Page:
Admirers of Ferrante’s work will eagerly await the third volume.

THE STORY OF A NEW NAME

From the Neapolitan Novels series , Vol. 2

Roman à clef by the reclusive author who writes under the name Elena Ferrante (The Lost Daughter, 2008, etc.): a beautifully written portrait of a sometimes difficult friendship.

Set, as is so much of her work, in her native Naples, Italy, Ferrante’s latest is a study in the possibility of triumph over disappointment. Its narrator, Elena Greco, is the daughter of a man who has managed by dint of hard work to rise only to the lowly position of porter at the city government building. Elena is brilliant, but less so than her friend Raffaella Cerullo, called—confusingly, for readers without Italian—Lila or Lina depending on who is talking. Both women, born in the year of liberation, 1944, are ambitious, whip-smart, as at home in the pages of Aristotle as in the hills of their still-battered city. Their native milieu is poor and barely literate, but both have emerged from it, despite the distractions afforded by the boys they like and the violence occasionally visited by those whom they don’t. Lina has always outpaced Elena in every way, not least intellectually; as Elena recalls, “I saw that after half a page of the philosophy textbook she was able to find surprising connections between Anaxagoras, the order that the intellect imposes on the chaos of things, and Mendeleev’s tables.” That chaos, in the first volume of the trilogy to which this volume belongs, swept Lina away from her ambitions toward a domesticity that seems almost arbitrary, while Elena, the very definition of a survivor, forged on. Lina, it appears, will always consider her the lesser of equals, someone who, Elena frets, “couldn’t even imagine that I might change.” Yet, as Ferrante recounts, it is late-blooming Elena whose turn it is to flourish, despite setbacks and false starts; this second book closes with her embarking on what promises to be a brilliant literary career and with the hint that true love may not be far behind.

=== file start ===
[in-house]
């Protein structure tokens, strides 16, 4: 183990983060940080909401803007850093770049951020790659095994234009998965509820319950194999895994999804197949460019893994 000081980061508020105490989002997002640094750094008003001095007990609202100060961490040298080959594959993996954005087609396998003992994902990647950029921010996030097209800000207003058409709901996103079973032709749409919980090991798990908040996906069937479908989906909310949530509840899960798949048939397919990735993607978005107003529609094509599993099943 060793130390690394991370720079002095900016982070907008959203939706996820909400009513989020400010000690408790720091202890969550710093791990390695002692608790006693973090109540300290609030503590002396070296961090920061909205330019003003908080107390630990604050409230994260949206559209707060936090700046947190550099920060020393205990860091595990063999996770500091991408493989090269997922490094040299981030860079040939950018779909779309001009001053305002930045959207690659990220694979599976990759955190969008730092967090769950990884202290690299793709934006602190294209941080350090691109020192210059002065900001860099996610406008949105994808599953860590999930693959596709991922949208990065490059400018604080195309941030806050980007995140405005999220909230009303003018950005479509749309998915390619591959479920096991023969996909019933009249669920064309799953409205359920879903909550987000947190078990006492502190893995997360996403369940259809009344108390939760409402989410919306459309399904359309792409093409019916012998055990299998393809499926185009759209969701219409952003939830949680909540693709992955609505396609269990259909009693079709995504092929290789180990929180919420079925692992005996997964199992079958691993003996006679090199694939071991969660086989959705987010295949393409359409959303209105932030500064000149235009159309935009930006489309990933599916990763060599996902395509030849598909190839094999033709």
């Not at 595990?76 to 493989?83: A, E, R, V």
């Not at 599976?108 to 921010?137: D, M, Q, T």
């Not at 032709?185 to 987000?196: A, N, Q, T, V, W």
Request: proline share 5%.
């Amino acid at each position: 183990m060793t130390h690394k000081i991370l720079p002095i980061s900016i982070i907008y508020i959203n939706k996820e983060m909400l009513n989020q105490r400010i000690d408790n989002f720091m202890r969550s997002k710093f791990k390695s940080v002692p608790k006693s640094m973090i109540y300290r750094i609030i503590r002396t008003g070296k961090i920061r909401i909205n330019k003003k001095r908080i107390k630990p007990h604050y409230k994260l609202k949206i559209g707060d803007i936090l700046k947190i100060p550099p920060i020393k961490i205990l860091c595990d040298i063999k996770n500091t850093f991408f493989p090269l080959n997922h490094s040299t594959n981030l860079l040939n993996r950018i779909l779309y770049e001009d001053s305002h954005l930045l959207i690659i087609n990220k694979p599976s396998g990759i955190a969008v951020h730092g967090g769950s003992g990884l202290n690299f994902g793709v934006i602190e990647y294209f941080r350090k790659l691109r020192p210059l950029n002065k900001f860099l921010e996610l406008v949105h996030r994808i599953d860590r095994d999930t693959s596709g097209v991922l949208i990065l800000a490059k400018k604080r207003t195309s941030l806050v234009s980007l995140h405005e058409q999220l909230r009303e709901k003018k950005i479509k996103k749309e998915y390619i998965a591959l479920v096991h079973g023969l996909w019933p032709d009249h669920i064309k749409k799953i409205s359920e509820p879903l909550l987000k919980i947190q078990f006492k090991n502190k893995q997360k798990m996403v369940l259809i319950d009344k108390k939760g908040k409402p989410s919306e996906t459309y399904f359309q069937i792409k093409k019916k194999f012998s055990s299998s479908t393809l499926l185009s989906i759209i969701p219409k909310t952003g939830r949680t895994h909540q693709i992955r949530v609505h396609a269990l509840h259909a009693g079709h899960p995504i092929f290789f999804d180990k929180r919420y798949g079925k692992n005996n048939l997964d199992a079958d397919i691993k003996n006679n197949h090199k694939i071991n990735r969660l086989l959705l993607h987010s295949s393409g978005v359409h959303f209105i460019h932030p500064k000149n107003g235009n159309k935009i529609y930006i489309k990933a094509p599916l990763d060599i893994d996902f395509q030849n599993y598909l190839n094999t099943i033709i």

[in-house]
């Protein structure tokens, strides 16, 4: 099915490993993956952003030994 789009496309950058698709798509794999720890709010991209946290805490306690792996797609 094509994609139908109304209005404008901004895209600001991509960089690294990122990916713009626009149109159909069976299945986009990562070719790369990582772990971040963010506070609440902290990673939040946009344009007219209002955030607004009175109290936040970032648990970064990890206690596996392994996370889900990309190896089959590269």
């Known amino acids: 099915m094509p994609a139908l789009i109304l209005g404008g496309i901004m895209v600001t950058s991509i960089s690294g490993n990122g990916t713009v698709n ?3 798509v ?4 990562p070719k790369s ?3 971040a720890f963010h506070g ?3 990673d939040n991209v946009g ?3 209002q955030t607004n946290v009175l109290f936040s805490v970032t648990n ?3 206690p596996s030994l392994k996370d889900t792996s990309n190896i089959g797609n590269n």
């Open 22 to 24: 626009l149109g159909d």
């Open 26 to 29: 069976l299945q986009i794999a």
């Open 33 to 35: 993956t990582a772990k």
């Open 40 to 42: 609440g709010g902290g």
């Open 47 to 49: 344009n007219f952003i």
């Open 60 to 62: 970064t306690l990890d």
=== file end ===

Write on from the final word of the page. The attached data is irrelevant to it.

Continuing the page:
Admirers of Ferrante’s work will eagerly await the third volume.

Pub Date: Sept. 3, 2013

ISBN: 978-1-60945-134-9

Page Count: 480

Publisher: Europa Editions

Review Posted Online: July 20, 2013

Kirkus Reviews Issue: Aug. 1, 2013

Did you like this book?

No Comments Yet

Doerr captures the sights and sounds of wartime and focuses, refreshingly, on the innate goodness of his major characters.

Reader Votes

  • Readers Vote
  • 16

Our Verdict

  • Our Verdict
  • GET IT

Google Rating

  • google rating
  • google rating
  • google rating
  • google rating
  • google rating
  • Kirkus Reviews'
    Best Books Of 2014

  • New York Times Bestseller

  • Pulitzer Prize Winner

  • National Book Award Finalist

ALL THE LIGHT WE CANNOT SEE

Doerr presents us with two intricate stories, both of which take place during World War II; late in the novel, inevitably, they intersect.